How to guess when you don't have a clue

The following may or may not be valid for you professor. As you are reviewing for your exam, look through past exams and quizzes to see if these are things your professor usually does, or if they usually do the opposite. They are likely to do the same thing on your next exam. Note: Computer-generated tests and tests created by people well-versed in statistics will probably not follow these hints.

  • Alternatives containing an unknown word or a technical term with which you are unfamiliar tend to be incorrect.
  • If two alternatives overlap, both are probably incorrect if there is only one correct response.
  • The longest or most complex multiple choice answers are good guesses, though sometimes complexity indicates a false statement.
  • When one alternative means essentially the same thing as another, both are probably incorrect. If, however, you think they have the correct answer in them, pick the longest of the two almost-identical answers.
  • If 4 out of the 5 answers are on the same topic, the answer probably isn't the oddball.
  • If you don't know which choice to make, B or C on 4-answer questions and B, C, or D on 5-answer questions are more likely to be correct.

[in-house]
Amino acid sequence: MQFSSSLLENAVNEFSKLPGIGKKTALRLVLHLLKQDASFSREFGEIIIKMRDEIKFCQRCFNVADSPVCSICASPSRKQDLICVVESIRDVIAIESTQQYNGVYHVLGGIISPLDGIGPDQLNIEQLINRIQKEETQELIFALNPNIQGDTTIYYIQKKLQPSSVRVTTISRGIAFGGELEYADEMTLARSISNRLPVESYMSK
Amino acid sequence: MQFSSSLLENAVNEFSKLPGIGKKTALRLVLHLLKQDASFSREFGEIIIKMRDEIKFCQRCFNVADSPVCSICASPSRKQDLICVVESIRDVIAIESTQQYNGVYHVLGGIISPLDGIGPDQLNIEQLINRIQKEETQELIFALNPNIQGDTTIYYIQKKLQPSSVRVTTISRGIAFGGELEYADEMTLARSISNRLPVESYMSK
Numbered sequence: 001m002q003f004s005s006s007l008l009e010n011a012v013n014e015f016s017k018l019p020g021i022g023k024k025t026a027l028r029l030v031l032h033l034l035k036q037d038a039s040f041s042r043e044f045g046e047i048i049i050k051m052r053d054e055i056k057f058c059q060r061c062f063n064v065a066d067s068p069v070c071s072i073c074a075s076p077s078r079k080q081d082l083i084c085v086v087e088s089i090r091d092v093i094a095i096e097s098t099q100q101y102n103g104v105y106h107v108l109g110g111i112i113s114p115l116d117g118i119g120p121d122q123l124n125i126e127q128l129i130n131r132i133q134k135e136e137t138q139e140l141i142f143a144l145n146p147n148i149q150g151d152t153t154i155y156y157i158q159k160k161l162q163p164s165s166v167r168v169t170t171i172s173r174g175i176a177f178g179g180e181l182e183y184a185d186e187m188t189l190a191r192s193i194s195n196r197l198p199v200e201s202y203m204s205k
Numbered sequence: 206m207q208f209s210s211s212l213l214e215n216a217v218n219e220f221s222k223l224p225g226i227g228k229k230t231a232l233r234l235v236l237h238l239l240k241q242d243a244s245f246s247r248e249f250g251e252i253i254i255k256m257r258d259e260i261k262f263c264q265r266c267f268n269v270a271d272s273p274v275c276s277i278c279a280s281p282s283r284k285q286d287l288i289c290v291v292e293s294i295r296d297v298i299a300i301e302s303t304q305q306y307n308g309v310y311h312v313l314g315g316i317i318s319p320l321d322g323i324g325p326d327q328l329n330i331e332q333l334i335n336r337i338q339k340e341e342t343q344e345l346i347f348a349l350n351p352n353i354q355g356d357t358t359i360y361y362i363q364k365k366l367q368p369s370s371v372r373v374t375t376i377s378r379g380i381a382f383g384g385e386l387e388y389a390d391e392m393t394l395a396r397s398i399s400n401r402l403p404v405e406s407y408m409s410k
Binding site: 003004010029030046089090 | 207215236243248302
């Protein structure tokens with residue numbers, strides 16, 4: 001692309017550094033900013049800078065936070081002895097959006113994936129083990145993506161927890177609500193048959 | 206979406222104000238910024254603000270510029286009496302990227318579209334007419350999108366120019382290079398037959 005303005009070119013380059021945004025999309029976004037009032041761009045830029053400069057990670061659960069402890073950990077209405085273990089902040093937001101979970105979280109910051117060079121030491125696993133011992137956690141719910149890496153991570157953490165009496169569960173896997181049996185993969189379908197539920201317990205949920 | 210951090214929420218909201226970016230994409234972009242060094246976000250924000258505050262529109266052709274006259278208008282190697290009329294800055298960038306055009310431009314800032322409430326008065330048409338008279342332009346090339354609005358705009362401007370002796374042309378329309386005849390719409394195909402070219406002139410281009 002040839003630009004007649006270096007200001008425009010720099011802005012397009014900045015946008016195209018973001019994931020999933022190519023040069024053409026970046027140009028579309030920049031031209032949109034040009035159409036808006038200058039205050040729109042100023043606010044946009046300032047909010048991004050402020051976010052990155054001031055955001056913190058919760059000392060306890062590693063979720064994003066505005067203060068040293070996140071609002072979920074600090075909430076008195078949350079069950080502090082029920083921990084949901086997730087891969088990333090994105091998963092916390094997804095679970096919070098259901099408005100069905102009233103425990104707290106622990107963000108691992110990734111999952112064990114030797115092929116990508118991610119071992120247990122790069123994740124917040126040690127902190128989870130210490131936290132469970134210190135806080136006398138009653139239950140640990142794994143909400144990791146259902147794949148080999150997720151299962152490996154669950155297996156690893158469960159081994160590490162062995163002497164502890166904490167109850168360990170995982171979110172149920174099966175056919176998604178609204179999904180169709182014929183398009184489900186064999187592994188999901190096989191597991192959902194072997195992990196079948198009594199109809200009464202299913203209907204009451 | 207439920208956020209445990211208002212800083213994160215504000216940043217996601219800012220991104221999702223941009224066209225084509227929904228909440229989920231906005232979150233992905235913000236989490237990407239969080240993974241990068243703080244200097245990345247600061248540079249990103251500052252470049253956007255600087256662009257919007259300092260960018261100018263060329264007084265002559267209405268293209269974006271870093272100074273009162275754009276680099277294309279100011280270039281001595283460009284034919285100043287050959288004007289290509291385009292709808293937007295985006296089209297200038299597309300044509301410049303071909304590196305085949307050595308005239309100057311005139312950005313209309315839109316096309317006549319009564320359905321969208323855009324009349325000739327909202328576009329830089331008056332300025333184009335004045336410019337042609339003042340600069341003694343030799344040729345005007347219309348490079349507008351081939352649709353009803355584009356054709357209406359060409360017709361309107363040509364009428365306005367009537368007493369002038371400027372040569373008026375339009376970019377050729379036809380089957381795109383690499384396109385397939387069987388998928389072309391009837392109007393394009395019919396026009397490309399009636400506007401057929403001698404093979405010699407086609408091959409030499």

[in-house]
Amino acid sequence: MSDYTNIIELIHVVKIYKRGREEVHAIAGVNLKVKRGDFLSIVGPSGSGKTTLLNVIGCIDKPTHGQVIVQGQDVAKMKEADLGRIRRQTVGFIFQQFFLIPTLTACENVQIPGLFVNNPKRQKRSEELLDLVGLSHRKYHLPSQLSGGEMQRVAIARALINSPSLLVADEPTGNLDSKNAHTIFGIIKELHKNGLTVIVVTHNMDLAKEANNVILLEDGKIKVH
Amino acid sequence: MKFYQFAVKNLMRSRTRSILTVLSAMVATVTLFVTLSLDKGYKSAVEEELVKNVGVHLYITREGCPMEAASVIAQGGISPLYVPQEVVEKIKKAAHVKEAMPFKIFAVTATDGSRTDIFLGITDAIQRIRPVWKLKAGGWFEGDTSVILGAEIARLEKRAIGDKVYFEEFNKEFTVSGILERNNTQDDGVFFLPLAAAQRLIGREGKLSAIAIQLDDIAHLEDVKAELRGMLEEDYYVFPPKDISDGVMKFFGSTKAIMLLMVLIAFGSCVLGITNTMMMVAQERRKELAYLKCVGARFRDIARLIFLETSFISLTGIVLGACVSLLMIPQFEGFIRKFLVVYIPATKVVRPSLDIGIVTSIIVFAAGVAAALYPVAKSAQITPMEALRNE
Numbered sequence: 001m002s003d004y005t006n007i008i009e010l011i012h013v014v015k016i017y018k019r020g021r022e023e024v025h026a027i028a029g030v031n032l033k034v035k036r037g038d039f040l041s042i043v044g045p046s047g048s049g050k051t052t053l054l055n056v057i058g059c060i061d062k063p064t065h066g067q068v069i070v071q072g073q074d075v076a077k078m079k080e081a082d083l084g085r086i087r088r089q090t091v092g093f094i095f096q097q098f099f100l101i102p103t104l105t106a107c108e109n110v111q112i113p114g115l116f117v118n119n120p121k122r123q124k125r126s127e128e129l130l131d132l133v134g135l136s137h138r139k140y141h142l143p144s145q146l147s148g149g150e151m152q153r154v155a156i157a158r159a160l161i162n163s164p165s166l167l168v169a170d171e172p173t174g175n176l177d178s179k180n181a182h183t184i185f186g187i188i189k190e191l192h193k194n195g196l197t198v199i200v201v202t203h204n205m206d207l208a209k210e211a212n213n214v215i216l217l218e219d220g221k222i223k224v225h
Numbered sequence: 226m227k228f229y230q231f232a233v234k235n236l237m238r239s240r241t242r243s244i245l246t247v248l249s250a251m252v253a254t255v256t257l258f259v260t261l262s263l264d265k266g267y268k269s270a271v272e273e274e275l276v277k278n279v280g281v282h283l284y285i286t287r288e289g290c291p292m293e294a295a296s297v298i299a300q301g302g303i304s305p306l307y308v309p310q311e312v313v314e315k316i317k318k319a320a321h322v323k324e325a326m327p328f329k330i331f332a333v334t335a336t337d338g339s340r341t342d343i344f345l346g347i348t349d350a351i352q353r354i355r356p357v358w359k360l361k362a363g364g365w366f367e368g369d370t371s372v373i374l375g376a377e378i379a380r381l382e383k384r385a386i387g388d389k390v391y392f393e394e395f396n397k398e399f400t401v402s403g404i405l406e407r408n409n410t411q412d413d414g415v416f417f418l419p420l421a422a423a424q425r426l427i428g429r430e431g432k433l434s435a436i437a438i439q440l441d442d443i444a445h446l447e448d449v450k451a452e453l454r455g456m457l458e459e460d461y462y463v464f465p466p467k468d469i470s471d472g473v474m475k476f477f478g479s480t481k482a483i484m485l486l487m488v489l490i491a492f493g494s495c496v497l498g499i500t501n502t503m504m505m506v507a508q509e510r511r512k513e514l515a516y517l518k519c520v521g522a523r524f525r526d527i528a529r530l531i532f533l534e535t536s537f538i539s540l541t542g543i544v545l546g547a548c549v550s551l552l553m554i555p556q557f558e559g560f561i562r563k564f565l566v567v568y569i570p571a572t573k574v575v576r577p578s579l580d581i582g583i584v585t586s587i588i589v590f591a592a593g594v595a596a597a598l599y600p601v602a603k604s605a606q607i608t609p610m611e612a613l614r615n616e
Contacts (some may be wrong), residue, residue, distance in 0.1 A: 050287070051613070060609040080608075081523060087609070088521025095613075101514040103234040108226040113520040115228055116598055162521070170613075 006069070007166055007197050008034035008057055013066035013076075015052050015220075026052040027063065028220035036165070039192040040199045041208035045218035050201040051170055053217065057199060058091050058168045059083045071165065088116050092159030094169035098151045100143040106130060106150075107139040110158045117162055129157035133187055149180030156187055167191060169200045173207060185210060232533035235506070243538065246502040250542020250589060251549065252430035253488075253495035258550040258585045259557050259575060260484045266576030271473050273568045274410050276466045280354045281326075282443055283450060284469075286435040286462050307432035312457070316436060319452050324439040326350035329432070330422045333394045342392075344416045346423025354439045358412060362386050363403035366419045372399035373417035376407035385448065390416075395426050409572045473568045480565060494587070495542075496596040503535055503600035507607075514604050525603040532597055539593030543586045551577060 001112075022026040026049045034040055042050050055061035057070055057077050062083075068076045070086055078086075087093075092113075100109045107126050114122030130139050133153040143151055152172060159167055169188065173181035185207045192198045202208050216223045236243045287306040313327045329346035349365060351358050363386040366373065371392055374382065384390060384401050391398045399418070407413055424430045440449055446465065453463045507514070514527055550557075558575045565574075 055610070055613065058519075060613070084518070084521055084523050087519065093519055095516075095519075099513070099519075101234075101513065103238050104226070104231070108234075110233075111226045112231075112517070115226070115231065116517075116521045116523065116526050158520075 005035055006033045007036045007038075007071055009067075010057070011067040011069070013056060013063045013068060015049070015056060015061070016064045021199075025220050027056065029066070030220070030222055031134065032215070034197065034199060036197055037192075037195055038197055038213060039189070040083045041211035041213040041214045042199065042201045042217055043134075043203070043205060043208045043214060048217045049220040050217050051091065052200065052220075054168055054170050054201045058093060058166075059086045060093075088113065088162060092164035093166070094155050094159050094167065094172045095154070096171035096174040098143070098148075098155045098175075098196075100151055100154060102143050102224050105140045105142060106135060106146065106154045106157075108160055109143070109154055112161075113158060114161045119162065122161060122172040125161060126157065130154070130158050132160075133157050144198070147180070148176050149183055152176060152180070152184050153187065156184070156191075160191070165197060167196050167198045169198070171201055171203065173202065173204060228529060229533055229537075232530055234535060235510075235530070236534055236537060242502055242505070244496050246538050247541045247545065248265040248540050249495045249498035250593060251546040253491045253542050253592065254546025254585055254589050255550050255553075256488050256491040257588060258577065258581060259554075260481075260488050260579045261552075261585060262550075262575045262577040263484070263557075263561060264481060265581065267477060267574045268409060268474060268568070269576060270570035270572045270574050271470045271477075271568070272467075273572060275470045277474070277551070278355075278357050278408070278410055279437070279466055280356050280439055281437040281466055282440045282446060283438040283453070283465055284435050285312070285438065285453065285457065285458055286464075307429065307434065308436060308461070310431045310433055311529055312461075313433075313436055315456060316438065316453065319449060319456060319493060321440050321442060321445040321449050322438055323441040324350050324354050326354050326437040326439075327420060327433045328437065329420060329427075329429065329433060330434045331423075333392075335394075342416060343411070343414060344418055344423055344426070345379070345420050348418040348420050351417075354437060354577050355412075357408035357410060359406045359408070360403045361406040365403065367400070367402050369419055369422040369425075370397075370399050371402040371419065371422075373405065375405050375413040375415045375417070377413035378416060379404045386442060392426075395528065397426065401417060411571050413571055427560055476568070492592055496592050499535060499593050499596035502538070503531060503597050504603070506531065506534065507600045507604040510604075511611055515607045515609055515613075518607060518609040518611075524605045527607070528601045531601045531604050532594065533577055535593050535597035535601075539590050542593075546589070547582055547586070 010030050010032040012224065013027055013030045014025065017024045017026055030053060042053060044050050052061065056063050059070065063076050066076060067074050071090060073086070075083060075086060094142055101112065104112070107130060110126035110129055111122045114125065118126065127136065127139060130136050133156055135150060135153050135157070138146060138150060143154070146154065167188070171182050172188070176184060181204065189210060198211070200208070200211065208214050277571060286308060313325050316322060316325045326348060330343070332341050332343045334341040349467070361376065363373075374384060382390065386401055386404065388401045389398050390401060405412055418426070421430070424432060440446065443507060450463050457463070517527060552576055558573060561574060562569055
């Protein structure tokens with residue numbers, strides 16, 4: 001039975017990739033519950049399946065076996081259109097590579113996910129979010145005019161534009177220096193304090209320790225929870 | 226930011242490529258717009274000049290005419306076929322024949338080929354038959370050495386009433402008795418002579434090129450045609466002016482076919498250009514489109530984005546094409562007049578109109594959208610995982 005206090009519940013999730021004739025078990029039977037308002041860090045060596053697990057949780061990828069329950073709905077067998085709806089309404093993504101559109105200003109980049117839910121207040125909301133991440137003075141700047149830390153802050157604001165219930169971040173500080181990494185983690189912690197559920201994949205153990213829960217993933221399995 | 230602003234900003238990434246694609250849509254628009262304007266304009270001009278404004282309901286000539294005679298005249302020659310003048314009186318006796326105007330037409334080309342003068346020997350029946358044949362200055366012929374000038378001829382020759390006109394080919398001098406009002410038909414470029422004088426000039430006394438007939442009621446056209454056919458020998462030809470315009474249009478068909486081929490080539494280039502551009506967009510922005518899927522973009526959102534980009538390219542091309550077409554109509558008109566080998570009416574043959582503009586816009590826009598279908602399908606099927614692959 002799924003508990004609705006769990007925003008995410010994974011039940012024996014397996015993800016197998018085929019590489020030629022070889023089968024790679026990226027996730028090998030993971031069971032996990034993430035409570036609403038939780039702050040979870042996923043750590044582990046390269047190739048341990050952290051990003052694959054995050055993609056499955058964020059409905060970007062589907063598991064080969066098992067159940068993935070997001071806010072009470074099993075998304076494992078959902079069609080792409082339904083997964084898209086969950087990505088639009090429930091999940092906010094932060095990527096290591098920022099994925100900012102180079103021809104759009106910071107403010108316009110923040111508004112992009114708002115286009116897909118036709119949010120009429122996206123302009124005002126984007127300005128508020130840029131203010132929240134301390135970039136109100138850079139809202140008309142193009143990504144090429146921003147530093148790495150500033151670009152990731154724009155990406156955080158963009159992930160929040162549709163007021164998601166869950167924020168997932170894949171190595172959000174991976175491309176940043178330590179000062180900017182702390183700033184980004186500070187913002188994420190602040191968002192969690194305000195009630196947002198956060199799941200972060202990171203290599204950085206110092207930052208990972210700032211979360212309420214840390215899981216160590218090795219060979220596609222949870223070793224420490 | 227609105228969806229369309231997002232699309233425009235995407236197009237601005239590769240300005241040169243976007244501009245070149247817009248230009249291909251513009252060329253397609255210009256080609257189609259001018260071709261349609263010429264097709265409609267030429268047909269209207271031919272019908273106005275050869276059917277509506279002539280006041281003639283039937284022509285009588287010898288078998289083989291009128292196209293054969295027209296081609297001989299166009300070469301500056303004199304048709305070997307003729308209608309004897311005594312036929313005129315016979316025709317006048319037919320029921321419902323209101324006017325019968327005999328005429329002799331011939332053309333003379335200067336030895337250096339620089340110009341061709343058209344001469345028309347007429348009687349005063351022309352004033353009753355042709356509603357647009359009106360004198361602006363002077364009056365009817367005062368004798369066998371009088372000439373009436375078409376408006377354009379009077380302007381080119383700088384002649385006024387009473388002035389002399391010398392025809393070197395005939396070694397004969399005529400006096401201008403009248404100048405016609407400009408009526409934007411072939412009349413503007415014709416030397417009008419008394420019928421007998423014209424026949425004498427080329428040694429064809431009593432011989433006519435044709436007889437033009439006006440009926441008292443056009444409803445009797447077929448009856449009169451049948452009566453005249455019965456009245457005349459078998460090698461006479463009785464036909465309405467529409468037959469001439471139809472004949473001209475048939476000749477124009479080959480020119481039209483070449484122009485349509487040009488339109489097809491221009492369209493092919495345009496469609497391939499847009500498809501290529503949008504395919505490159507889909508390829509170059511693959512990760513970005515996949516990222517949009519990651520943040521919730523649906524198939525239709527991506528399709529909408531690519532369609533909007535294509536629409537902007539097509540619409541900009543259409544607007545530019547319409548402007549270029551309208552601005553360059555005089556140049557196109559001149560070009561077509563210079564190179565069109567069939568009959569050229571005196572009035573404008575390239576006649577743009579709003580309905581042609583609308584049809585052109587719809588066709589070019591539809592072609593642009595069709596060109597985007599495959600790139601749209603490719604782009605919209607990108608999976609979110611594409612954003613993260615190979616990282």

• Limiting words such as "always," "never," "all," or "must" appear approximately 80% of the time in incorrect choices.
  • Qualifying adjectives, indicating possibility, such as "sometimes," "may," "generally," "perhaps," "most," "some," "usually," "could," and "might", often indicate the correct answer.
  • Correct items sometimes repeat some of the terms in the question.
  • Incorrect alternatives tend to be vague.
  • If two alternatives seem to be opposites, one of them is probably correct.
  • Avoid pairs. If question 28 is known to be B, avoid guessing B in 27 or 29.
  • Non-answers, such as "Zero" or "none of the above" are usually not the best answer to guess.
  • "All of the above" is generally a good guess.
  • In questions asking for the most or the least, pick the answer next to the most or the least. For example, if picking out the "most" from
    • 5
    • 8
    • 9
    • 15
    • 30
    you should guess d, 15.
  • If a few questions have five possible choices instead of four, pick number five.
  • Exaggerated answers are generally false.
  • Insulting statements are likely to be incorrect answers.
  • Jokes are likely to be incorrect answers.
  • Extreme choices are likely to be incorrect answers.